Kraft Heinz Co. withdrew its $143 billion bid for Unilever two days after the approach became public, citing the Anglo-Dutch target’s reluctance to engage in discussions.
“Kraft Heinz’s interest was made public at an extremely early stage,” spokesman Michael Mullen said on February 19. “Our intention was to proceed on a friendly basis, but it was made clear Unilever did not wish to pursue a transaction. It is best to step away early so both companies can focus on their own independent plans to generate value.”
The decision to withdraw the offer came after 3G Capital and Warren Buffett’s Berkshire Hathaway Inc., which together own about half of Kraft Heinz, decided that Unilever’s negative response made a friendly transaction impossible, leaving no choice but to walk away, people with knowledge of the situation said. Both also believed that a protracted war of words wasn’t in the best interest of Kraft Heinz and would risk souring future deal opportunities, the people said, asking not to be named because the process was private.
Representatives for Berkshire Hathaway and Brazilian investment firm 3G didn’t respond to messages seeking comment on February 19.
Unilever last week rejected a $50-a-share buyout offer by Kraft Heinz, saying the proposal “fundamentally undervalues” the household-products maker. Its management fretted behind the scenes about the cost-cutting model at Kraft, which sells products like Velveeta and Jell-O, and its lack of vision for cultivating brands, people familiar with the situation said.
Shares of Unilever jumped 13 percent to close Friday at a record 44.80 euros ($47.52) in Amsterdam. Kraft Heinz, based in Pittsburgh and Chicago, climbed 11 percent to a record in New York trading.
Kraft’s overture followed a 2.5 percent decline for Unilever’s stock in 2016, its worst annual performance since the financial crisis in 2008. Shares of European rival Nestle SA fared only marginally better, losing 2 percent.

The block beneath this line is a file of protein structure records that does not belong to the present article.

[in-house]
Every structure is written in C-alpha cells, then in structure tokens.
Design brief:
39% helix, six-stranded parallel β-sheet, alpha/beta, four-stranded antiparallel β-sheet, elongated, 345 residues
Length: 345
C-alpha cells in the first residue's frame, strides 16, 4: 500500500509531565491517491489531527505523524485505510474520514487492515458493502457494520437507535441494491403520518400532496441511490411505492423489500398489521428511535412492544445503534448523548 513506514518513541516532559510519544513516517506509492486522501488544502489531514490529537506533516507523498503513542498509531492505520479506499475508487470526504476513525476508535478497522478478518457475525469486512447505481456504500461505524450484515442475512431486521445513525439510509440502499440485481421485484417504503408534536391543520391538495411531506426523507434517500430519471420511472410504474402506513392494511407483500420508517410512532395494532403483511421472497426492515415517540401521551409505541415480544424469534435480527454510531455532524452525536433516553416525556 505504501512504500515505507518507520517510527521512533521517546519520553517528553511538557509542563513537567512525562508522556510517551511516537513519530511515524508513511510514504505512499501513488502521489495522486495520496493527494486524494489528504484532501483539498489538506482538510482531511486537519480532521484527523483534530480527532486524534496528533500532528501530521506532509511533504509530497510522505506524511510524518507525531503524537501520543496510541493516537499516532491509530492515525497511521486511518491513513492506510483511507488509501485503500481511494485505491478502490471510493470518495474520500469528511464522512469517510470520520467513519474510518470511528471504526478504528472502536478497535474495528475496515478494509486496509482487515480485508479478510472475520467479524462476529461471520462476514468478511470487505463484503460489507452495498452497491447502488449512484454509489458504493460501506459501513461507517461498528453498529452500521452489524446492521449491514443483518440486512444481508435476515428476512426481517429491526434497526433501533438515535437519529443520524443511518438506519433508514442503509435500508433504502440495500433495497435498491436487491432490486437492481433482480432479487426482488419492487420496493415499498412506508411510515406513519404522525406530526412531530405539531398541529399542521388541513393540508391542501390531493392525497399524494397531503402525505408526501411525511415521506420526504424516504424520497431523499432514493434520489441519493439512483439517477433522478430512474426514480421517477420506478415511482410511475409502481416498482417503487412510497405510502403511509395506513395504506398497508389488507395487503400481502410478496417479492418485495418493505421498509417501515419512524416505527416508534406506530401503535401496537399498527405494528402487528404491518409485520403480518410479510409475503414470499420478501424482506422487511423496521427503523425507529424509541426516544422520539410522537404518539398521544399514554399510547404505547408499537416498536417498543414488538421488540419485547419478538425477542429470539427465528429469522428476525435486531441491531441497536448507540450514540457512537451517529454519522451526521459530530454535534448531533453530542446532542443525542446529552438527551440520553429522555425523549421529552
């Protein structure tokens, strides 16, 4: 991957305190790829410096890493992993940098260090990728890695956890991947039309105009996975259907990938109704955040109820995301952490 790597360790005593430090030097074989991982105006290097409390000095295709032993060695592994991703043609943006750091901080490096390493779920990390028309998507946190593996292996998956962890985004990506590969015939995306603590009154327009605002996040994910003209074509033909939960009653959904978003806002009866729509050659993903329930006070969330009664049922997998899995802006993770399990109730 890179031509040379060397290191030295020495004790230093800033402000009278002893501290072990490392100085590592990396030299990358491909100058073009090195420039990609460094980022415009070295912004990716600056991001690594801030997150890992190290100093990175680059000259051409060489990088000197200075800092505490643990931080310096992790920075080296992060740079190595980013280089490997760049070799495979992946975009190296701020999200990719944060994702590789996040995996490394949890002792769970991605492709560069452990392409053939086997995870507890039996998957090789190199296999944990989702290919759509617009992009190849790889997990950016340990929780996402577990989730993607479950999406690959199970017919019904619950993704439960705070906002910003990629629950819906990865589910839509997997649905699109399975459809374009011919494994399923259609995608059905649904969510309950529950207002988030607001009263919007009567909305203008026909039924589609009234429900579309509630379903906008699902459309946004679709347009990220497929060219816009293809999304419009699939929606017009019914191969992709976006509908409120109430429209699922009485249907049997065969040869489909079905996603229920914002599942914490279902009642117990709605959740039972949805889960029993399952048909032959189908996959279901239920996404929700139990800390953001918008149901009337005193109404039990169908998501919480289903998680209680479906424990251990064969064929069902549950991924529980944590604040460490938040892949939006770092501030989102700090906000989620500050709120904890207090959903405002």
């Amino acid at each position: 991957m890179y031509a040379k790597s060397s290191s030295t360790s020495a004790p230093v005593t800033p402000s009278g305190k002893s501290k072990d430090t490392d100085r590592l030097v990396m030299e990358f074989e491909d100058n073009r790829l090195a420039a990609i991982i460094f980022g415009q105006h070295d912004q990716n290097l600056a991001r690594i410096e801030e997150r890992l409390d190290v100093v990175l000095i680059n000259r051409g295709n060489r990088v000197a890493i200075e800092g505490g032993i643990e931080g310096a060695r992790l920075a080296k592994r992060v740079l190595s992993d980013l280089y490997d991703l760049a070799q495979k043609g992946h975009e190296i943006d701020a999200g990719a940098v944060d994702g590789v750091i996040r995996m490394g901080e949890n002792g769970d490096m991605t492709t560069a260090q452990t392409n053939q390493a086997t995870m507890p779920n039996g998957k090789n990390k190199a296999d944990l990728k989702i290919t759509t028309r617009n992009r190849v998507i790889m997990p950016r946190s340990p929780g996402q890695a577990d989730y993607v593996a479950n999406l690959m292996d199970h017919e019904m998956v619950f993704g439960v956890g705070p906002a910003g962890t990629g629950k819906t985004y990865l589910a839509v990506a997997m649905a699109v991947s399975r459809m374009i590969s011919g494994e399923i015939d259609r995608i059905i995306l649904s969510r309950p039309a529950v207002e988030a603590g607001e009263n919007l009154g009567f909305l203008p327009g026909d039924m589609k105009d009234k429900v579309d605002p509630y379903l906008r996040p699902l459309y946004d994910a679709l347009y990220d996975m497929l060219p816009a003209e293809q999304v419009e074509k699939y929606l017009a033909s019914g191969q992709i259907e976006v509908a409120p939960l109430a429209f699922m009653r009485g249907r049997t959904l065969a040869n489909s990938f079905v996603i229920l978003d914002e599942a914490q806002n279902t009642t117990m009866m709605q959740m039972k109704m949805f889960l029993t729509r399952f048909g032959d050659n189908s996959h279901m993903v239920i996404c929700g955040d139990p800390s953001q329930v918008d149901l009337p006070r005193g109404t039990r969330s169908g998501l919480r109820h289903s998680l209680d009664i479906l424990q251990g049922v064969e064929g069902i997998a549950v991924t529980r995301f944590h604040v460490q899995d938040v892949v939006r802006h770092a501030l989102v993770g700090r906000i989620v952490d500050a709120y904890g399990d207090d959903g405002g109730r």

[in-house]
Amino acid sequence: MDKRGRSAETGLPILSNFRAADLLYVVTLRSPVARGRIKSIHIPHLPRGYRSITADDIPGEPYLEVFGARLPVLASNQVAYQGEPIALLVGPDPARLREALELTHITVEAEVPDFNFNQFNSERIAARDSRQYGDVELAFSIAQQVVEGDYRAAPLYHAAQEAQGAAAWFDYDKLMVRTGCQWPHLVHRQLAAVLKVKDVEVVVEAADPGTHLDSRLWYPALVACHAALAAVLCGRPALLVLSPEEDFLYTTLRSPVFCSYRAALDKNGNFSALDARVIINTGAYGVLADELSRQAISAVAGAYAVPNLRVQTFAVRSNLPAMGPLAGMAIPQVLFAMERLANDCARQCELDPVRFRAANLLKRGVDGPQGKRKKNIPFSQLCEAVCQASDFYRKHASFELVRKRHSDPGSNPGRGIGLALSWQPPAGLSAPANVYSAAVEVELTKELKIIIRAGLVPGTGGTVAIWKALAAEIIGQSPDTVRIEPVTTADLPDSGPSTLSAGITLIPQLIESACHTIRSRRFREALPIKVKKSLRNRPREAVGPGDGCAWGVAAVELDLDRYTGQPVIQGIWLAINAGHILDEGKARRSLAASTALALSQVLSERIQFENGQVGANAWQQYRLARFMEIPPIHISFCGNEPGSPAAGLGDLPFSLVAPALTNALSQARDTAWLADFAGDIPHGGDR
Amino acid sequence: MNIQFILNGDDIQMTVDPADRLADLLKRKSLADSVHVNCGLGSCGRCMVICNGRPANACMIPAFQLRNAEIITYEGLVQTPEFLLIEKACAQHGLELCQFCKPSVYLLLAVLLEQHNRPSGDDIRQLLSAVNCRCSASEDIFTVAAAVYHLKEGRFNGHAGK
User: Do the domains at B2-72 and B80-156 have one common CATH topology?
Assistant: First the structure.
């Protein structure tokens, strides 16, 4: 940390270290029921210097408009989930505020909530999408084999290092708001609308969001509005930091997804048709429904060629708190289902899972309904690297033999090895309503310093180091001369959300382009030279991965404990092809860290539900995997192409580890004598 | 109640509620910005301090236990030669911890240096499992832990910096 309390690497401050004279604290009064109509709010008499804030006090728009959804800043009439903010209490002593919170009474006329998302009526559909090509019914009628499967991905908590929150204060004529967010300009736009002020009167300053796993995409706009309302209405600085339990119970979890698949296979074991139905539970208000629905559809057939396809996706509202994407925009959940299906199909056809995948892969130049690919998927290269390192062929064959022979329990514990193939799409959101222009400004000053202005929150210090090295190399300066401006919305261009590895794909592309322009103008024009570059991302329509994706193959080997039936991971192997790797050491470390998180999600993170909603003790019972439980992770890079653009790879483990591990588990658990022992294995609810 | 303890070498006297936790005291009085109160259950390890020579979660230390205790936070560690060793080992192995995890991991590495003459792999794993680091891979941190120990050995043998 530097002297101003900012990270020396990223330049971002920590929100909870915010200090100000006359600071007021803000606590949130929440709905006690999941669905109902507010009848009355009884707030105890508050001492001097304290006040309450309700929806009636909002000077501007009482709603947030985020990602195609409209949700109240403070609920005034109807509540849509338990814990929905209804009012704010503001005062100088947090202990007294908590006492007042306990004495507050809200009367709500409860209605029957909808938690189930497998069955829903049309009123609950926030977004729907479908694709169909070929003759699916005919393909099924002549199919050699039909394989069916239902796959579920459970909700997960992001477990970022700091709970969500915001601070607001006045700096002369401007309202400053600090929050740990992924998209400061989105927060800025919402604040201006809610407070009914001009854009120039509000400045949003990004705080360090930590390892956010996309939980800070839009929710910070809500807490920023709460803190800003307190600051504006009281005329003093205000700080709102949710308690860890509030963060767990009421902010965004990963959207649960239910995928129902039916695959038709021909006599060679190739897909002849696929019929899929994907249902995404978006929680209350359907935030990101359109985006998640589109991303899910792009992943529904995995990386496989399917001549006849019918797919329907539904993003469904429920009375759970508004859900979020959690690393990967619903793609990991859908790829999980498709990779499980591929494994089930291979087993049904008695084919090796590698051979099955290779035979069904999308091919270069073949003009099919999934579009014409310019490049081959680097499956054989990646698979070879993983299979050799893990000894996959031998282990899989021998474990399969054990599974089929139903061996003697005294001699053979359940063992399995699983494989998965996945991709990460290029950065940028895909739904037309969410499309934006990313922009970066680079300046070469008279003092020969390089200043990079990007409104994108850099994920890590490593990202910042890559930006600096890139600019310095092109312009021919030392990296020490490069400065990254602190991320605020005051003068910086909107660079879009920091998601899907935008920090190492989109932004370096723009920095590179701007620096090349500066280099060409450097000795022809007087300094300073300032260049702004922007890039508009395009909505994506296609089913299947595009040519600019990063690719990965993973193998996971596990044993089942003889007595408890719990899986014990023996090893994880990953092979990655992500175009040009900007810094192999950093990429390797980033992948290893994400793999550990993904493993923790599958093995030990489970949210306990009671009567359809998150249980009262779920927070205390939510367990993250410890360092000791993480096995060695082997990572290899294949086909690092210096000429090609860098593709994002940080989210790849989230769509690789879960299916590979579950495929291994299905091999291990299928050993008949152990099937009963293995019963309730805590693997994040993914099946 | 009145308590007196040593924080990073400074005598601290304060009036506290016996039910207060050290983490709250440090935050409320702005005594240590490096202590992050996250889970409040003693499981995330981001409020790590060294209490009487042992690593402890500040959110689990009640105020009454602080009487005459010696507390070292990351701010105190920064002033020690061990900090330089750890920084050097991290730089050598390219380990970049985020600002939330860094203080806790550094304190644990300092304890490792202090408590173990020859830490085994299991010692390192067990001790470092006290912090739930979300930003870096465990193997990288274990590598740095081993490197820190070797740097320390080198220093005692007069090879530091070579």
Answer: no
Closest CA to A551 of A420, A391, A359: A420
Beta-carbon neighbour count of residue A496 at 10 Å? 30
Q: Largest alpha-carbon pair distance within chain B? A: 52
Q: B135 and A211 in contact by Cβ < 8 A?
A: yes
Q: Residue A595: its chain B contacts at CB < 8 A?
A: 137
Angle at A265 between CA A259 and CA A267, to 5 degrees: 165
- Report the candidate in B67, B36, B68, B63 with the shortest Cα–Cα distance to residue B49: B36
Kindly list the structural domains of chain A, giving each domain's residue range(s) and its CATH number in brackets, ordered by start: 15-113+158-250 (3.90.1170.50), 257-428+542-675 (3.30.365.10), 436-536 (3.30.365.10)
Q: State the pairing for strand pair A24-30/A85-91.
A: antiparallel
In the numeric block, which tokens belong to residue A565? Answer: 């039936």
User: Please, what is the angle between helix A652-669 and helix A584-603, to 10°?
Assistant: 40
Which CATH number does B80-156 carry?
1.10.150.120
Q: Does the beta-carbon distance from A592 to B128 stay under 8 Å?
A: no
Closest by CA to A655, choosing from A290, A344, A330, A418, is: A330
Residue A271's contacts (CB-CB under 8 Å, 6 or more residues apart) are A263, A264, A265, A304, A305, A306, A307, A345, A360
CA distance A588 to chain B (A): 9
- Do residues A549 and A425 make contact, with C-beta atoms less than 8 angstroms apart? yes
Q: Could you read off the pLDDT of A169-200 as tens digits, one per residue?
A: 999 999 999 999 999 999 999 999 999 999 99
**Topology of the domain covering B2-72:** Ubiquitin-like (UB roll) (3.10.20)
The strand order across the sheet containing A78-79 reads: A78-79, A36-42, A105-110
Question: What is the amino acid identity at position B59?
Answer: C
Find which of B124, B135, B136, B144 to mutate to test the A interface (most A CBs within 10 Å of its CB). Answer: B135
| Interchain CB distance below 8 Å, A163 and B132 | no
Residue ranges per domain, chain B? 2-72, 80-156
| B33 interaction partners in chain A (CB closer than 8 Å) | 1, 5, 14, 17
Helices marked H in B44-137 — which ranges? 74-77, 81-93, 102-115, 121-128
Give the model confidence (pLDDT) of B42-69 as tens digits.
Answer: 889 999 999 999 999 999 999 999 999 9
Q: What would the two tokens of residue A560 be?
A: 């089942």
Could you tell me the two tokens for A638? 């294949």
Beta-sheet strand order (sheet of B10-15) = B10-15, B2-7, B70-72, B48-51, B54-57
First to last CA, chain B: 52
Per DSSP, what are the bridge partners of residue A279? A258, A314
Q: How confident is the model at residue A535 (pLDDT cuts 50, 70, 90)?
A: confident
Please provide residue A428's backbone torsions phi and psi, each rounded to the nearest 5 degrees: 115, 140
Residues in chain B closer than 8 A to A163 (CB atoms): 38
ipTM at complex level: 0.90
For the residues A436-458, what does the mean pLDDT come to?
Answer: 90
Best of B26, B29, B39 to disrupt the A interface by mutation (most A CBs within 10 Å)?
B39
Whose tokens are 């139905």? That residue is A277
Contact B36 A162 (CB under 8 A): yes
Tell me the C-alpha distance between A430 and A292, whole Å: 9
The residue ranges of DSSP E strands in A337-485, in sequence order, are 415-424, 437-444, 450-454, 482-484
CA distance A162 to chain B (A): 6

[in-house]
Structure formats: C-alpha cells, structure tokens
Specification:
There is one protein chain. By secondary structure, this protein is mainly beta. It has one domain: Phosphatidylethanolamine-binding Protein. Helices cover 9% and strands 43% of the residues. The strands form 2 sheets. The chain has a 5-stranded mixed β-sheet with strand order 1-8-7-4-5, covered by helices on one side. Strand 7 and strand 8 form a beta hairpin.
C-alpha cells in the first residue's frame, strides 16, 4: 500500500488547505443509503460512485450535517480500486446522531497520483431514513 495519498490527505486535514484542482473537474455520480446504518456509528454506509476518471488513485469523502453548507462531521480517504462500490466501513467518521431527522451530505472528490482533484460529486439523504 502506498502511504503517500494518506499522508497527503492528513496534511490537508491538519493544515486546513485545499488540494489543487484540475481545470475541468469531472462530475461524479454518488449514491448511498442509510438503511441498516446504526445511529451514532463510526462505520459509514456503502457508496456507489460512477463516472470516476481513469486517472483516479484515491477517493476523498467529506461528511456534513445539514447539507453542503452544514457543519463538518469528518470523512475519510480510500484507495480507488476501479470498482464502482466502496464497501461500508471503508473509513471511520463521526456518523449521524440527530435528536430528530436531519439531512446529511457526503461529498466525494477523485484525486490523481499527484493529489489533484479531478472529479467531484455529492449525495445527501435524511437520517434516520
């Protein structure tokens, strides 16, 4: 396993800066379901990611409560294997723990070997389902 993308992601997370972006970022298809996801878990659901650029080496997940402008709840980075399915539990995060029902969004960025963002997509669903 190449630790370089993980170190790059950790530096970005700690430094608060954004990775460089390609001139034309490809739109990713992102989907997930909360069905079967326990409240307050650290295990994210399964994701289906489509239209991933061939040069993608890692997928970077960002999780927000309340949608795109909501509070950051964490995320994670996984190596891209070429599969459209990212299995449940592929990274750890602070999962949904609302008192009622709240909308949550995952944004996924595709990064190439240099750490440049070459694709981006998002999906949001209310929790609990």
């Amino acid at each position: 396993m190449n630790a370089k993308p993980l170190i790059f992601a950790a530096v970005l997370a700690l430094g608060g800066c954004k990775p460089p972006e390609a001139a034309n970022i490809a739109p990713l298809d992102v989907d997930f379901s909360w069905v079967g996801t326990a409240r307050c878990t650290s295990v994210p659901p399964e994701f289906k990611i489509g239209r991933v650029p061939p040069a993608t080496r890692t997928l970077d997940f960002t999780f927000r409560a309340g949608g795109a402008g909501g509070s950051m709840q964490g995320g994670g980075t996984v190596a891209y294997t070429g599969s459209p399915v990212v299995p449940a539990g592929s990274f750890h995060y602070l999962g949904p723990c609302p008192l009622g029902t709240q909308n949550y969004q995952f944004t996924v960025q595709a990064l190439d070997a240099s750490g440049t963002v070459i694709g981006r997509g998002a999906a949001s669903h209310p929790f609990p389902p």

The quick withdrawal of Kraft’s offer is surprising because Unilever’s defenses weren’t very formidable, such as its low stock ownership by management, said Ken Shea, a senior analyst at Bloomberg Intelligence. Kraft’s credibility may take a hit going forward, he said.
“The strange episode suggests that Kraft Heinz acted a bit hastily with its takeover plan, and evidently did not think it fully through,” Shea said Sunday. “Also, the timing and size of the bid -- coming just after its earnings conference call on Wednesday last week, in which it downplayed the need for acquisitions -- likely leaves their Wall Street credibility diminished.”
The proposed deal, which would have been the largest-ever takeover in the food or beverage industry, would have created a company with combined sales of $84.8 billion last year, second only to Switzerland-based Nestle. The business would be a packaged-food giant, encompassing brands like Kraft Macaroni & Cheese, Heinz Ketchup, Ben & Jerry’s ice cream and Marmite, a concentrated yeast extract spread.
The bid reflected consolidation desires among consumer-goods companies, which are searching for ways to increase profitability as consumer habits shift and conditions for the industry become tougher globally. Kraft Heinz itself was forged in a $55 billion combination orchestrated in 2015 by 3G and Buffett’s Berkshire, which had teamed up two years earlier on a buyout of H.J. Heinz.
Berkshire owns about 27 percent of Kraft Heinz, and 3G holds about 24 percent, according to data compiled by Bloomberg. In its 2015 annual report, Berkshire said it “will join only with partners making friendly acquisitions.”
While product overlaps between Kraft Heinz and Unilever are minimal, the enlarged company may have created concerns for antitrust officials as the business would gain considerable bargaining leverage over suppliers and supermarkets, said David Kully, an antitrust lawyer at Holland & Knight. The risk would be that a bigger Kraft Heinz would control such a wide product line that it could impose a price increase on supermarkets by threatening to withhold popular items, said Neil Wilson, an analyst at ETX Capital in London.
“It would create a giant in the sector,” said Wilson. “The combined entity would have a huge brand footprint and be able to flex bargain muscles even more.”
By Devin Banerjee